This Is What Happens To Your Body When You Hum

To some, humming might seem like nothing more than an annoying habit. After all, it's no easy feat trying to work or study in silence when the person next to you is blissfully humming away in your ear. Low and behold, however, your noisy neighbor may be giving themselves a hefty dose of health benefits with each melodic inhale and exhale.

Nitric oxide (NO) is a compound naturally produced within our bodies that gets continuously released into our nasal passages, according to research published in Acta Physiologica Scandinavica. Upon inhaling, that nitric oxide then makes its way down into our lungs. Nitric oxide is crucial for blood flow function and the delivery of oxygen to human tissue (per Antioxidants & Redox Signaling). So important in fact, that without adequate circulation of nitric oxide as we inhale and exhale, we stand at an increased risk for heart disease and other related health conditions. Yet in comparison to our typical everyday breathing patterns, humming gets this accomplished much faster. "If you do 10 seconds of humming, all the air is exchanged," researcher and intensive care physician in Sweden Dr. Eddie Weitzberg told Shape. "With normal breathing, it takes between a half-hour and one hour." Fortunately, the benefits don't stop there.

Could humming boost our physical health?

Essentially, the increased nitric oxide we get from humming allows for more of the good stuff to get to where it needs to go. Dr. Lou Ignarro,​​ Nobel prize-winning emeritus professor of molecular and medical pharmacology at UCLA, tells Shape that nitric oxide works by expanding our airways, as well as our pulmonary arteries, thereby boosting oxygen intake and increasing blood flow to the lungs. In addition, it may also help protect against potential illness. "Nitric oxide in the lungs will kill or inhibit the growth of many bacteria, parasites, and viruses," Dr. Ignarro tells the publication.

Not only that, but some research suggests that the rapid exchange of air that takes place as we hum may have the power to relieve symptoms of chronic sinus infections. As demonstrated in a 2006 case report published in Medical Hypotheses, a participant diagnosed with chronic rhinosinusitis powerfully hummed for a period of one hour prior to falling asleep. The following morning, the participant reported his nasal breathing was the clearest it had been in more than a month.

How humming may benefit mental health and those experiencing cognitive decline

Aside from the physical health benefits, there may also be mental health benefits to be gained when we hum too. Researchers from a 2011 study published in the International Journal of Yoga used brain scan technology to look at neural activity associated with various chants commonly used during meditation practices. In comparison to no sound made, or an "ssss" sound made, researchers saw decreased neural activity in depression-related areas of the brain in volunteers engaged in the "om" chant — which concludes in a humming vibration (per Psychology Today).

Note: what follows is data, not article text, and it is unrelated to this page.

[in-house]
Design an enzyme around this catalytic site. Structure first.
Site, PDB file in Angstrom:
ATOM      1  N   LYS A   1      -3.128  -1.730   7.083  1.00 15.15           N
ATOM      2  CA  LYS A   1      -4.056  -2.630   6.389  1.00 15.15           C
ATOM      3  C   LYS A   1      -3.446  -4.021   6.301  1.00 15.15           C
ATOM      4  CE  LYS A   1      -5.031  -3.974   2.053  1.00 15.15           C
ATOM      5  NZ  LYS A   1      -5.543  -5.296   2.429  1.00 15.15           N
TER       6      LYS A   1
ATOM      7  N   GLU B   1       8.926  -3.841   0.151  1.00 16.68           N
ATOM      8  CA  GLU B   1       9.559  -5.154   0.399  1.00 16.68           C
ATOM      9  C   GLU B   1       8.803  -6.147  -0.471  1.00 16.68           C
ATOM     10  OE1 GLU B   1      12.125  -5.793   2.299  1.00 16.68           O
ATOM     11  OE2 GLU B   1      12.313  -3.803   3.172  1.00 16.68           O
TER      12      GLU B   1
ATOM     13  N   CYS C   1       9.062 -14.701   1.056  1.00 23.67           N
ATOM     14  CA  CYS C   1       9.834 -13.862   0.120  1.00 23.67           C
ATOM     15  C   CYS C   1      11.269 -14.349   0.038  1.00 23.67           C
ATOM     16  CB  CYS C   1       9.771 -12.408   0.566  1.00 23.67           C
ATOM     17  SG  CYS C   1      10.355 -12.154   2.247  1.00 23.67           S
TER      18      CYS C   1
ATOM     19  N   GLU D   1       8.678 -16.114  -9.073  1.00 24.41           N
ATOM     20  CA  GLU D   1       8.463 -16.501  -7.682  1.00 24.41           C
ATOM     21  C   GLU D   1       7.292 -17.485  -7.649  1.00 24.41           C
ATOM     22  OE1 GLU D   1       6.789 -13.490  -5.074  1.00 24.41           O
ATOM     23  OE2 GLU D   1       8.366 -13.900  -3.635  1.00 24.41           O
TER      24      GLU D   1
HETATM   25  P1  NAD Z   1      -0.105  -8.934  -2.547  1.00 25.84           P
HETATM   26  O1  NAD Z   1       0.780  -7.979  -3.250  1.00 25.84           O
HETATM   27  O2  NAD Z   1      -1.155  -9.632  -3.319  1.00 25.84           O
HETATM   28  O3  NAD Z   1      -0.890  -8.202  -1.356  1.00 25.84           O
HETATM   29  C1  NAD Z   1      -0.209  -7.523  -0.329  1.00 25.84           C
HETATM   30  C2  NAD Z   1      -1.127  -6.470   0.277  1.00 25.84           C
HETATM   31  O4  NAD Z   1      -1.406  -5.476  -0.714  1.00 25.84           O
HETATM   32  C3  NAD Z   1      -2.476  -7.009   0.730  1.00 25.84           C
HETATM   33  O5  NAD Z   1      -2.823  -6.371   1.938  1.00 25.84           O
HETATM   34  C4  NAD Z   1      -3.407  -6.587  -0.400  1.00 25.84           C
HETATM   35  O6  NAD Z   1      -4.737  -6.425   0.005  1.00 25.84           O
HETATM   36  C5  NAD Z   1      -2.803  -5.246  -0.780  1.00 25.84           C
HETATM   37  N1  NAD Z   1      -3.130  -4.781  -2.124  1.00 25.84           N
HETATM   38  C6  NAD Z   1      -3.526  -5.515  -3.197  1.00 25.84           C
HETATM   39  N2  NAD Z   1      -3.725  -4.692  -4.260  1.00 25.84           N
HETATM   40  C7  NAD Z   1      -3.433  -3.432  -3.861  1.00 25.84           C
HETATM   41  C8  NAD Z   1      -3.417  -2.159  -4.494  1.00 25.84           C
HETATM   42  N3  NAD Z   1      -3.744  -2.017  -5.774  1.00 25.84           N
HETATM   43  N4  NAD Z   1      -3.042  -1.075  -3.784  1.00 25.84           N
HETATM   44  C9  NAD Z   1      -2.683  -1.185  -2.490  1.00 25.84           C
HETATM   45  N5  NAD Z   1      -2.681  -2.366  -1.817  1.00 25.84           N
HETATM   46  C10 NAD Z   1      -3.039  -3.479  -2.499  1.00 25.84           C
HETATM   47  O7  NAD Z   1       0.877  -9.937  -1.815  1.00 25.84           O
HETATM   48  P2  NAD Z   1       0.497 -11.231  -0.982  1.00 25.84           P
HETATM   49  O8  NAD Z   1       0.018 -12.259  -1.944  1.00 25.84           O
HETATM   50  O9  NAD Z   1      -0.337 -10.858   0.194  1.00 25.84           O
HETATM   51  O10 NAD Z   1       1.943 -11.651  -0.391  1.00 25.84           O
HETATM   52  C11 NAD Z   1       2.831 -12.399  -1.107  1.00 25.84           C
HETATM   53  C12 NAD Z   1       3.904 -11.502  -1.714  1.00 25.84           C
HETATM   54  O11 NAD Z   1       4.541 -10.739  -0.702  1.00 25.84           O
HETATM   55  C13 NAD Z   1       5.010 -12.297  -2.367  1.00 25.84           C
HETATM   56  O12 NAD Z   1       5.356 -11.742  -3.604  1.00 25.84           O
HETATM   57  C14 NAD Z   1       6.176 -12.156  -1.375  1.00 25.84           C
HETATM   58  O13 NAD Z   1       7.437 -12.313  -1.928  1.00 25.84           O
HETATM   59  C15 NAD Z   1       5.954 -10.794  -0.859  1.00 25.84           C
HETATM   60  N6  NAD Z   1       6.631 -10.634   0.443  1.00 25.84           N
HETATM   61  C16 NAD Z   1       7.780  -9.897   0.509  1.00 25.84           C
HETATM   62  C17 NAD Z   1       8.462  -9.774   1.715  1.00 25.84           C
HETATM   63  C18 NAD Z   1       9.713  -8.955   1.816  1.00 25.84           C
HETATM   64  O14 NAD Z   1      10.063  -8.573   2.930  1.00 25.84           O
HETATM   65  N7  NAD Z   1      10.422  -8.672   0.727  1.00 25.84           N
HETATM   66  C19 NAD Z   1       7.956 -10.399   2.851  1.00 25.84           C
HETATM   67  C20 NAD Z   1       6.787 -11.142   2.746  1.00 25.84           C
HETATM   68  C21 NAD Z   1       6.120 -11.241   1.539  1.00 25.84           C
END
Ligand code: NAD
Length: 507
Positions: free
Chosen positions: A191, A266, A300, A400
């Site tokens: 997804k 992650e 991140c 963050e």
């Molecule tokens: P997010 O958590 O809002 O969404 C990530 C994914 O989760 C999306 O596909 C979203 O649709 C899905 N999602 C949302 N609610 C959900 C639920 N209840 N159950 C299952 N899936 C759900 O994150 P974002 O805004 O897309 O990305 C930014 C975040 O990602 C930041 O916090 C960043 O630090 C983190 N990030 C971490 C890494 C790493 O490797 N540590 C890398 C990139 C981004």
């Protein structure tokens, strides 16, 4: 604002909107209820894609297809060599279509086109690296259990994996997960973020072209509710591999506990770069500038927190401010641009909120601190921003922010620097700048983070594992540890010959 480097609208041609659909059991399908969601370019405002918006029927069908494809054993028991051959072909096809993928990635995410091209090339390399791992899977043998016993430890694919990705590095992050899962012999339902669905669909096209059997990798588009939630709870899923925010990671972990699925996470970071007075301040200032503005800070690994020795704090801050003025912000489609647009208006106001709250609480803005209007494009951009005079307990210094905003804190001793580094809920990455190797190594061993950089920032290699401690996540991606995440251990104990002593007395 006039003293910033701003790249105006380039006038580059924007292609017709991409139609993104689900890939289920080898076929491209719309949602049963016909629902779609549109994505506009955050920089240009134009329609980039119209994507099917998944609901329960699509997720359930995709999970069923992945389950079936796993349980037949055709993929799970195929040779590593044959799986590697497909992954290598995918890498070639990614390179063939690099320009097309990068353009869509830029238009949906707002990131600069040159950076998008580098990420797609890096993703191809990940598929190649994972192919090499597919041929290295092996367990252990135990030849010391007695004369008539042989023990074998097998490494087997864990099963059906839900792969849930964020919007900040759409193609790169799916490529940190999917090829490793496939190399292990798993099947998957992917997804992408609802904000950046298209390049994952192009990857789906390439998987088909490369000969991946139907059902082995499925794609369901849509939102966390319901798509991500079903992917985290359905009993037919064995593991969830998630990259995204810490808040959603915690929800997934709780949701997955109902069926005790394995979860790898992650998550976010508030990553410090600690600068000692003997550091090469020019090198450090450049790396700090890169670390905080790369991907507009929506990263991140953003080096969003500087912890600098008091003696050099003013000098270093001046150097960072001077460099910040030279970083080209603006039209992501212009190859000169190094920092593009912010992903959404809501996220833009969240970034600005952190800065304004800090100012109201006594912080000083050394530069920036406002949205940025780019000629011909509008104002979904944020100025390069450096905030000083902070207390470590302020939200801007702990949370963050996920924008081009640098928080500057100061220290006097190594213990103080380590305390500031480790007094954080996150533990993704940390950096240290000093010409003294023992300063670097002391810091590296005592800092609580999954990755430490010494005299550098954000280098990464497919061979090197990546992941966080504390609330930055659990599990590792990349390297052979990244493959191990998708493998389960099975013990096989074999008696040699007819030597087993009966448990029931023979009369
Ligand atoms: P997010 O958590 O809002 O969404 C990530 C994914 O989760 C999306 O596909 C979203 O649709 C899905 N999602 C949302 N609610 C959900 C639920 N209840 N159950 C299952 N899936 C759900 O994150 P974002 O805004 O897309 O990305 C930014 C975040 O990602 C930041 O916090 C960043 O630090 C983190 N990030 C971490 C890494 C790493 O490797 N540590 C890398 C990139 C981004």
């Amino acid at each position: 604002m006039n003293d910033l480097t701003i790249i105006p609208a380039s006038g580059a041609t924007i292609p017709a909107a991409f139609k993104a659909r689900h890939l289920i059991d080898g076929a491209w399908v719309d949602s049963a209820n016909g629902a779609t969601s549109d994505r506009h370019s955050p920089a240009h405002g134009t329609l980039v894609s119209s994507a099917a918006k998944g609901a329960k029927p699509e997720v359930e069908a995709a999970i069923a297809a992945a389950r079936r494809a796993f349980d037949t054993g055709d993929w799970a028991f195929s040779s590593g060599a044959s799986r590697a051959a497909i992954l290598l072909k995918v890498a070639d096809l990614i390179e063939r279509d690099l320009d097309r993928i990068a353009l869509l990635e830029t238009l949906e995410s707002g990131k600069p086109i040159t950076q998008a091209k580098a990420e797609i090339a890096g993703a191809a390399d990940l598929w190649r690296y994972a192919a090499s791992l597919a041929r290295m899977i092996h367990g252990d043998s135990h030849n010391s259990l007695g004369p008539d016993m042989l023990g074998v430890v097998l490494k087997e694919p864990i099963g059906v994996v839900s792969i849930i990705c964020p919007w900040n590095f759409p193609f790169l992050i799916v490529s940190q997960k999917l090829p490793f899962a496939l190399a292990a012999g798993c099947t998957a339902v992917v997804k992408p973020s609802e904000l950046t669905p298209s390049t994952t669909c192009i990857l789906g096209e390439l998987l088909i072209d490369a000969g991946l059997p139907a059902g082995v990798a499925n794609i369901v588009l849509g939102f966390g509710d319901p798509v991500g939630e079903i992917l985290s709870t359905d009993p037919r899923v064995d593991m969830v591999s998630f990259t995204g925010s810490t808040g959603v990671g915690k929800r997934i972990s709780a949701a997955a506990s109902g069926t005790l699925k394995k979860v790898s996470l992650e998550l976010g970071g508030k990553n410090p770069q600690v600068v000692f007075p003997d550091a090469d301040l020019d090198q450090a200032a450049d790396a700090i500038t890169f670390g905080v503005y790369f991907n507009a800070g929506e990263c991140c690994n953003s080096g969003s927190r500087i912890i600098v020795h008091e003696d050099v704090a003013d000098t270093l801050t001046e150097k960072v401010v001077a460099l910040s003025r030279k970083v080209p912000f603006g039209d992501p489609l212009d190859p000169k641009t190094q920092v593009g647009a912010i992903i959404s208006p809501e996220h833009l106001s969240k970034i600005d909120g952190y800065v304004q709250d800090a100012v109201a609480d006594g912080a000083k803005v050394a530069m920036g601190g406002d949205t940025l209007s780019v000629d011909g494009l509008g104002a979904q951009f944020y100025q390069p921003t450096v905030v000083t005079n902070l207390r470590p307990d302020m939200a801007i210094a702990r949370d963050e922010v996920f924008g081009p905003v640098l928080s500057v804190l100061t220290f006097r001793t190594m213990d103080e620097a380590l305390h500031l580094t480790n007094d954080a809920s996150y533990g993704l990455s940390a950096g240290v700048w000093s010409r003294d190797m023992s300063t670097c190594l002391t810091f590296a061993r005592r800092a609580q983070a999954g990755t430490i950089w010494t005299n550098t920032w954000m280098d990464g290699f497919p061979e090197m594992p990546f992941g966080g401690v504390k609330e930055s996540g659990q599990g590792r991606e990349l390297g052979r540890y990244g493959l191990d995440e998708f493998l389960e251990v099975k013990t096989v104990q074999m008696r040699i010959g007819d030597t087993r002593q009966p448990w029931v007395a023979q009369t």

Furthermore, some research shows the potential for humming to be used as a tool to enhance care for those experiencing cognitive decline. In a 2012 experimental case study published in the scientific journal Music and Medicine, a caregiver overseeing a woman diagnosed with dementia proceeded to hum during the patient's lunchtime. Although more research is needed, study findings showed that the patient's eating and feeding abilities increased during lunch scenarios where the caregiver was humming, in comparison to lunchtimes when the caregiver did not hum.

What happens to your brain when you hum with others?

We've learned about some pretty fascinating things that happen to our bodies when we hum, but what about when you hum along with a friend? As it turns out, our brains may be doing some pretty remarkable neural gymnastics. A 2014 study published in Procedia — Social and Behavioral Sciences looked at brain activity in 14 pairs of participants. The two participants in each pairing were asked to hum a song in unison. Using hyperscanning technology to assess both brains, participants were asked to hum together in different scenarios. In one scenario, the two individuals faced one another and made eye contact as they hummed. In another scenario, they hummed together while separated by a wall. In the third scenario, they hummed alone. Study findings revealed that greater neural synchronization occurred between participants humming in unison when they were separated by a wall. So what exactly does this mean?

As our neurons communicate with one another round the clock, our neural brainwave activity undergoes peaks and dips (via Discover Magazine). Experts have observed that our neural frequencies tend to align with those around us when we're simultaneously engaged in certain pair or group-oriented activities. In other words, the researchers from the 2014 study found that when participants hummed together in the non-face-to-face scenario, their neural activity showed significant alignment — a relationship that was not observed with face-to-face humming.